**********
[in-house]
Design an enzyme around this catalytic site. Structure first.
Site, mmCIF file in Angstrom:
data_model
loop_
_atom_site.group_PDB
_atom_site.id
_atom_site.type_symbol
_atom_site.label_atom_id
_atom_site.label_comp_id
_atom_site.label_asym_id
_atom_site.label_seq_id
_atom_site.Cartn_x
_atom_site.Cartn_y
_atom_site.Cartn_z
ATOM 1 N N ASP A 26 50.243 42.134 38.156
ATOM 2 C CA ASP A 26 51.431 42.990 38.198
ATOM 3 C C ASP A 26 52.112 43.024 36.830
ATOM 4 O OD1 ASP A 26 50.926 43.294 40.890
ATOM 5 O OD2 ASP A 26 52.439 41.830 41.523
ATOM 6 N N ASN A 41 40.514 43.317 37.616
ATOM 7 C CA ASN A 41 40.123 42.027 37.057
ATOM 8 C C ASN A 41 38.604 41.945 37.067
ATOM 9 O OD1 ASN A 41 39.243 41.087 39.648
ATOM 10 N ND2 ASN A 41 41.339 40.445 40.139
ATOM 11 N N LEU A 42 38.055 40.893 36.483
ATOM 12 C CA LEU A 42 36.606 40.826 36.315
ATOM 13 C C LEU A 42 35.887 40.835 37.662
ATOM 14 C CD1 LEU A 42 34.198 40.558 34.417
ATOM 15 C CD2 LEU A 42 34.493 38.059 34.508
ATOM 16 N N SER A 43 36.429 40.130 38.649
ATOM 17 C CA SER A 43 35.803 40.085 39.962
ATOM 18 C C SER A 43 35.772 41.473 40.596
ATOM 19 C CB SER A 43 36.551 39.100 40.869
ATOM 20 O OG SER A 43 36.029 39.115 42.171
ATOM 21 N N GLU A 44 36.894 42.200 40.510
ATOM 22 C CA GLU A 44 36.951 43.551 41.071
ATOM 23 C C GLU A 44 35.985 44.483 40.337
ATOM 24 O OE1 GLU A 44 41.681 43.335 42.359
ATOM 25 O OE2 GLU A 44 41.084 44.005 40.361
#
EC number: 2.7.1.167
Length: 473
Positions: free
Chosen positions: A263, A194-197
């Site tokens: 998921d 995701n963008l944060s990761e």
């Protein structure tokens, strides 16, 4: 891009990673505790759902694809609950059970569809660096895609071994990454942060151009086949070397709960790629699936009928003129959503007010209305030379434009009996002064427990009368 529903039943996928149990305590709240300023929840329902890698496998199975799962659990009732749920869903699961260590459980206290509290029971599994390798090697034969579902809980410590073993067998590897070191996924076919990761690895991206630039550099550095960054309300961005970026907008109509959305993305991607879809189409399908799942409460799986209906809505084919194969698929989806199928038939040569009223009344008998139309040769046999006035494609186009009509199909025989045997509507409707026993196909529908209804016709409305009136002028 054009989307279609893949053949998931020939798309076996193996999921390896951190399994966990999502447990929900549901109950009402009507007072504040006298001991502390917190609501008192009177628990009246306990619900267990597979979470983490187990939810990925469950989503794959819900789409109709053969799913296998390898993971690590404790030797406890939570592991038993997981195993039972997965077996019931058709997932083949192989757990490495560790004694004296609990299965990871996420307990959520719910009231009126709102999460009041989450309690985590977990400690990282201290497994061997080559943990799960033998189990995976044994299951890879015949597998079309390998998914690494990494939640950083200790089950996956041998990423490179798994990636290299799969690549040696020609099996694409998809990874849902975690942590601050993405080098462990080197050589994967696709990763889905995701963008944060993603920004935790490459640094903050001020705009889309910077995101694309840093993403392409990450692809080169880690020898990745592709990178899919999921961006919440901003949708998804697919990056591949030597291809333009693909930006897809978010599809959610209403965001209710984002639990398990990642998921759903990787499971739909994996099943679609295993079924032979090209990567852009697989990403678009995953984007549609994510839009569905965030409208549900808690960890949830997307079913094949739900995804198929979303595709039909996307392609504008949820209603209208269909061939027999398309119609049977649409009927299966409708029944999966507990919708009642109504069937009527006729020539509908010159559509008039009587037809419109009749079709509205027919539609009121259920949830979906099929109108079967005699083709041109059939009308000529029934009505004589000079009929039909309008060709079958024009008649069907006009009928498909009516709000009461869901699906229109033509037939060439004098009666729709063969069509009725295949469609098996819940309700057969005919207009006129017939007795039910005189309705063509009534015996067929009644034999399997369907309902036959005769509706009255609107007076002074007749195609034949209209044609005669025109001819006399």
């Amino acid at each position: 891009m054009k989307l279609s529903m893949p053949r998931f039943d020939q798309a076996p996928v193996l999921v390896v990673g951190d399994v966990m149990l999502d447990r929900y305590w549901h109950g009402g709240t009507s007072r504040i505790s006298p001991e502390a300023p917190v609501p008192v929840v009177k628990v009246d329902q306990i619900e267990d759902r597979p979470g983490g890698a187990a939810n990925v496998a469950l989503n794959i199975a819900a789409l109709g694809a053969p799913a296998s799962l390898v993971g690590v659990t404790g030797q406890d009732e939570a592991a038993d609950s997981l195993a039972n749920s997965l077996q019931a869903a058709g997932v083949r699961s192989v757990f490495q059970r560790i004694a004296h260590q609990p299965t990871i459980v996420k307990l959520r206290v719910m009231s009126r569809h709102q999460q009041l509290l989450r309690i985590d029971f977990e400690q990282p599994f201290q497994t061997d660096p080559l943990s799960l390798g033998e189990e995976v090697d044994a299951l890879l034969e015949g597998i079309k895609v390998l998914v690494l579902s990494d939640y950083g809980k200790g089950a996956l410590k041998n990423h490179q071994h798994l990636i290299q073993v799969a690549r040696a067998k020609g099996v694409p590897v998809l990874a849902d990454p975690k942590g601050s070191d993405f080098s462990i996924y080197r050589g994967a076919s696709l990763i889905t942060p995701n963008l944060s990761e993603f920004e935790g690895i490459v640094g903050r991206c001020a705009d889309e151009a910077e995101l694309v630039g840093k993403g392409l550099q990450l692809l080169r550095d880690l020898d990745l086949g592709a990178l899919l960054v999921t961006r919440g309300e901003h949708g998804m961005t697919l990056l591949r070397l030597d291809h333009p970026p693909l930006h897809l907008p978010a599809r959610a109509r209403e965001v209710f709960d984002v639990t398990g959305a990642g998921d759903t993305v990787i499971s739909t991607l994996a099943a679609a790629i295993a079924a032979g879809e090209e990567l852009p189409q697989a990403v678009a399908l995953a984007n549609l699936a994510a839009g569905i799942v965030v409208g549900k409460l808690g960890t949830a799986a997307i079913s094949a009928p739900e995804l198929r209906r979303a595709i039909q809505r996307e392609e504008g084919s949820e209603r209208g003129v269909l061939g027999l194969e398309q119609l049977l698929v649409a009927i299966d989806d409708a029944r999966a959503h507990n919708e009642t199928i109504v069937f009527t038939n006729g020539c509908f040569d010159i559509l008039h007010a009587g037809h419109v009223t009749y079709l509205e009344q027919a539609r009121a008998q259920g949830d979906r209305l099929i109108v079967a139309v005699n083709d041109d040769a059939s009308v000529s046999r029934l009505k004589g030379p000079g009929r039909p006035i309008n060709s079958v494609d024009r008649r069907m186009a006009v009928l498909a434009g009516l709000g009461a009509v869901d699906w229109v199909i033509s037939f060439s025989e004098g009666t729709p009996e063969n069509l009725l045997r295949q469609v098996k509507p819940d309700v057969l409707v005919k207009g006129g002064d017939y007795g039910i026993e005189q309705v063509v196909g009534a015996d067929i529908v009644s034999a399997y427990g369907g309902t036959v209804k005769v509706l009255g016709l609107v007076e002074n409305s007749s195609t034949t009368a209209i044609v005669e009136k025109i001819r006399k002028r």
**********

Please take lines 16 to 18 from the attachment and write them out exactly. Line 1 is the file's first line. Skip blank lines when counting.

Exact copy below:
ATOM 1 N N ASP A 26 50.243 42.134 38.156
ATOM 2 C CA ASP A 26 51.431 42.990 38.198
ATOM 3 C C ASP A 26 52.112 43.024 36.830